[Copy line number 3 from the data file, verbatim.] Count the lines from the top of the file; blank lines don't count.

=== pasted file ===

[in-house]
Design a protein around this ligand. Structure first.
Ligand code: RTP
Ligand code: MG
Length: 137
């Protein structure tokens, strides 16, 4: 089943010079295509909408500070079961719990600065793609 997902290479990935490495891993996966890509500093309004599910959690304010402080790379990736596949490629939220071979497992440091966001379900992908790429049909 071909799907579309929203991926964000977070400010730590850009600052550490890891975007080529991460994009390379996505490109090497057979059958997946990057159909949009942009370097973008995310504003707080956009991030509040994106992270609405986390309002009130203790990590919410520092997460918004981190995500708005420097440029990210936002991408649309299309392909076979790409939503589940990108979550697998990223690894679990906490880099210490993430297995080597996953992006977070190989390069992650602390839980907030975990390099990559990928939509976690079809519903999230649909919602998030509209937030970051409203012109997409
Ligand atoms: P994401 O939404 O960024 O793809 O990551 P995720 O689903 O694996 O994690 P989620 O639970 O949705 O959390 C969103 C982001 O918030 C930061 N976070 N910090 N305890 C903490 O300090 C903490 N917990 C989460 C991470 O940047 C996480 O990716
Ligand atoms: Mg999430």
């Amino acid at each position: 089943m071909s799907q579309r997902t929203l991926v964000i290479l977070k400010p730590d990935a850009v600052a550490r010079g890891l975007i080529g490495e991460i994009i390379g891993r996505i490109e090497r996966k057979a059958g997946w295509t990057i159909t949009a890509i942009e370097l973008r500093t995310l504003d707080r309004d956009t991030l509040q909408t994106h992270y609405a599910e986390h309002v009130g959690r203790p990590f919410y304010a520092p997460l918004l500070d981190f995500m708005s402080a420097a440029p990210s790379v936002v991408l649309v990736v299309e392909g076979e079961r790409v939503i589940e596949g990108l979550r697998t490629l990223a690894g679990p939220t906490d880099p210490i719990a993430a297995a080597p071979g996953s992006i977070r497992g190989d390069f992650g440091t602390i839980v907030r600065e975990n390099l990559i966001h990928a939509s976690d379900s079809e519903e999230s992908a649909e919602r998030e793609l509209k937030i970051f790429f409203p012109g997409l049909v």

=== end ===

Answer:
Ligand code: RTP